As a deaf person who wears hearing aids, my primary form of communication since I was three years old has been through vocal speech. While hearing aids help me distinguish what is being said, I don’t really rely on my hearing all that much. Instead, I depend on my ability to read lips. When it comes to video games however, it’s impossible to even try to read the characters’ lips in the game. I’ve had to rely on subtitles/close-captioning to fill in the blanks. The reason I pointed this out, is because subtle facial reactions and cues are huge when trying to get a read on someone’s emotion. It’s an extension of the game for me personally and the face is such an important and complex communication channel.
Facial animation was first introduced in 1982 and focused solely on the mouth and eyebrows. In 1991, it was proposed that animation systems consider the link between intonation and the emotion to drive their system. Pretty much all video games are lacking in the ability to effectively communicate the emotions of the characters. In my opinion, it is essential that people realize that literally every single aspect of your face is used to communicate with people. Video games have never really focused on the following during dialogues between characters: cheek muscles, eyebrows, forehead creases, nostrils, position of chin, the clenching of your jawline, pupil dilation/constriction, eyelashes, tongue, and how much teeth is being shown. Video games that depict humans also never seem to produce the desired emotion of what is happening in the game. If you look at Grand Theft Auto V, the facial animations are decent, but they don’t really capture the essence of what’s happening in the game. It exudes laziness. The Last of Us is unique in that Naughty Dog, Inc. put a serious effort to exhibit the emotions completely.
In a game like The Last of Us, the emotional whirlwind that the characters and gamers themselves are exposed to is what really sells separates the game from its peers. When I try to read lips of the characters in other video games, it’s unnatural. It immediately reminds me that I’m playing a video game. I understand that it’s a computer animation and rendering of what we see in the real world, but for me, it’s a huge dealbreaker when it comes to how immersed I can get within the game. Simply put, The Last of Us contains the best facial animation I have seen in a video game thus far. It’s not perfect, but it’s close. They were able to capture the intonation of how the characters meant to say the word, which is how words are said in its pitch as well as its delivery speed.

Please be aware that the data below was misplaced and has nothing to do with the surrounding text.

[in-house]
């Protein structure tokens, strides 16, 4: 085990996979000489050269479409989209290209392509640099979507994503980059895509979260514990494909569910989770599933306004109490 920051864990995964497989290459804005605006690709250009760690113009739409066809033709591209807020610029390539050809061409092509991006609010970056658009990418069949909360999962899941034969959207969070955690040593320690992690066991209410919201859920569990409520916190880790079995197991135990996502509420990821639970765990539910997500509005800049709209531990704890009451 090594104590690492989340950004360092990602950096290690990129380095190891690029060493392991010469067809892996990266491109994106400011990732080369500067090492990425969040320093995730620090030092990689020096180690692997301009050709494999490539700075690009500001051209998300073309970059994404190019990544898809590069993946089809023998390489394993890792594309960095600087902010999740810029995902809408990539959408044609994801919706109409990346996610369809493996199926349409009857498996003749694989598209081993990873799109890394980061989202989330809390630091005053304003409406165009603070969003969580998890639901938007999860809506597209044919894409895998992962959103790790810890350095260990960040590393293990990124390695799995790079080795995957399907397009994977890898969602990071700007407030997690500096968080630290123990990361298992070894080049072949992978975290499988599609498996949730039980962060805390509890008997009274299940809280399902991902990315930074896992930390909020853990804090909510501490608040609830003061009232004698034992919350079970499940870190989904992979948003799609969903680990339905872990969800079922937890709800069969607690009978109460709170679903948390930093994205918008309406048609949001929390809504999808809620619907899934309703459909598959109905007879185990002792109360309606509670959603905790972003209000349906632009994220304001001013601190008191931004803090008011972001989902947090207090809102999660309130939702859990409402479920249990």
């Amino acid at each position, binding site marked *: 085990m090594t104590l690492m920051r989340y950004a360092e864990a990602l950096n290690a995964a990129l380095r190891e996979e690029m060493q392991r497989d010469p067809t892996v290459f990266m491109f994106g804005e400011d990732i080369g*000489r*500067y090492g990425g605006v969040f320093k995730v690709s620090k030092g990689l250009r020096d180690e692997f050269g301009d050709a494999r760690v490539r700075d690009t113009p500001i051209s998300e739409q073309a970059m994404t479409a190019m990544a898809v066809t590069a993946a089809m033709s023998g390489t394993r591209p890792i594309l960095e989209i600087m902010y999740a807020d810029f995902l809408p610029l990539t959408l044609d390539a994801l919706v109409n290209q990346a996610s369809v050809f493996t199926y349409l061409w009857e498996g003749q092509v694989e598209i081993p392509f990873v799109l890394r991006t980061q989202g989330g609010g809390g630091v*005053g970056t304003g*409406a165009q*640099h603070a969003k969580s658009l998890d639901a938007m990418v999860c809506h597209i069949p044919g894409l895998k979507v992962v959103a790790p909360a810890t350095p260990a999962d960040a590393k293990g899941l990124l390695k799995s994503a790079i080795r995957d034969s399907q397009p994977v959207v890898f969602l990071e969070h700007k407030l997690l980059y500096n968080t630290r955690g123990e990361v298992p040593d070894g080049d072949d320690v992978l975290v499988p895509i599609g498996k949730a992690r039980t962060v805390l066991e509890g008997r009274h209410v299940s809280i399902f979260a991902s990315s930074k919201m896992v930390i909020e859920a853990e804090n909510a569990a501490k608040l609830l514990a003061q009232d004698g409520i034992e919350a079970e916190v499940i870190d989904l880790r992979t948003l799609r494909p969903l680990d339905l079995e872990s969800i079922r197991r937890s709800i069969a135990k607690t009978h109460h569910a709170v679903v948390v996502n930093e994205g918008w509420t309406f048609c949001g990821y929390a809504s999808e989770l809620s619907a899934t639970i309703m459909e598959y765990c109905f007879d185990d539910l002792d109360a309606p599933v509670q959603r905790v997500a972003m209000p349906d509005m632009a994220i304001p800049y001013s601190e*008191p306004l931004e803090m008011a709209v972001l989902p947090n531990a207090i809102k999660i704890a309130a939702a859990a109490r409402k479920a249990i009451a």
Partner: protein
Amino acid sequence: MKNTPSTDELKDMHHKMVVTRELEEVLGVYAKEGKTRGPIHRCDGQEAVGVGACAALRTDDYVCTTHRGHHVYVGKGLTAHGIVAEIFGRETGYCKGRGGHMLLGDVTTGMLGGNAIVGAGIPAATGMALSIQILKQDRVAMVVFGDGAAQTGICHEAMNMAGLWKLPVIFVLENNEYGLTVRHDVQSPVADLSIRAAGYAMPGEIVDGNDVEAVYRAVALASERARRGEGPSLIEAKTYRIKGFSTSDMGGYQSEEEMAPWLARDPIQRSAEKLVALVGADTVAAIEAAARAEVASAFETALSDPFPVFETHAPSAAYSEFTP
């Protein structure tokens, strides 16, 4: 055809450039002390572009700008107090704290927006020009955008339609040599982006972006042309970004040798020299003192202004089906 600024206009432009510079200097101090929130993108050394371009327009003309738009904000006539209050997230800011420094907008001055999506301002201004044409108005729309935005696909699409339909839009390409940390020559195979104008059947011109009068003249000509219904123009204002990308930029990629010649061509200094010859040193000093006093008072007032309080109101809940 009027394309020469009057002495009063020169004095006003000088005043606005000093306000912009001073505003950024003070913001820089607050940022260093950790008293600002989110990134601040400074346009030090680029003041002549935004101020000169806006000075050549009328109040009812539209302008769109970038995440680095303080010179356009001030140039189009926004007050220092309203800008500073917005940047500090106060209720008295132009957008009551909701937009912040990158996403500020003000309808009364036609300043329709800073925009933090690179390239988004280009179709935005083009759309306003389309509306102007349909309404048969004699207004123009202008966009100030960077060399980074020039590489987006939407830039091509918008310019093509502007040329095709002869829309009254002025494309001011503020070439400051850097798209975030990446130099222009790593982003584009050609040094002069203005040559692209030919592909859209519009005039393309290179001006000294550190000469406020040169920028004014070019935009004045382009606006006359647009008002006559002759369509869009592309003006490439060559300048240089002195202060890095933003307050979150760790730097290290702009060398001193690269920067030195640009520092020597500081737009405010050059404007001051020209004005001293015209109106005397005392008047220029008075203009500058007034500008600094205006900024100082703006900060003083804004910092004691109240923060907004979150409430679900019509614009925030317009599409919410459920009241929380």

The main characters in The Last of Us, Joel and Ellie, were able to show shock, fear, irony, sarcasm, despair, anger, sadness, disgust, and surprise, among other emotions. Joel and Ellie weren’t just computer rendered characters. They were their own people with their own moods and their own distinct personalities. They weren’t solely outward projections. They were also able to project inwards, which is difficult for video games to accomplish. And that’s what I believe is necessary to help people bond with characters. If you look at the video above, The Last of Us 2, which is due later this year or next, is looking more and more impressive. I mean, I think the video speaks for itself from my perspective. It’s uncanny how natural it looks and I’m excited to play it. When Ellie says, “I’m going to kill every last one of them,” at the end of the video, one can’t help but get goosebumps. The bar has been set by Naughty Dog, LLC and everyone else is playing catch up.
Pelachaud, Catherine, Mark Steedman, and Norman I. Badler. “Linguistic Issues in Facial Animation.” Computer Animation. University of Pennsylvania. 1991. Pages 15-30. https://repository.upenn.edu/cgi/viewcontent.cgi?article=1076&context=hms
Schaap, Robert, and Rafael Bidarra. “Towards Emotional Characters in Computer Games.” Entertainment Computing. The Netherlands: Delft University of Technology, 2008. Pages 167-172. https://www.researchgate.net/profile/Rafael_Bidarra/publication/220851417_Towards_Emotional_Characters_in_Computer_Games/links/004635311e999b6343000000/Towards-Emotional-Characters-in-Computer-Games.pdf
Source: The Last of Us #3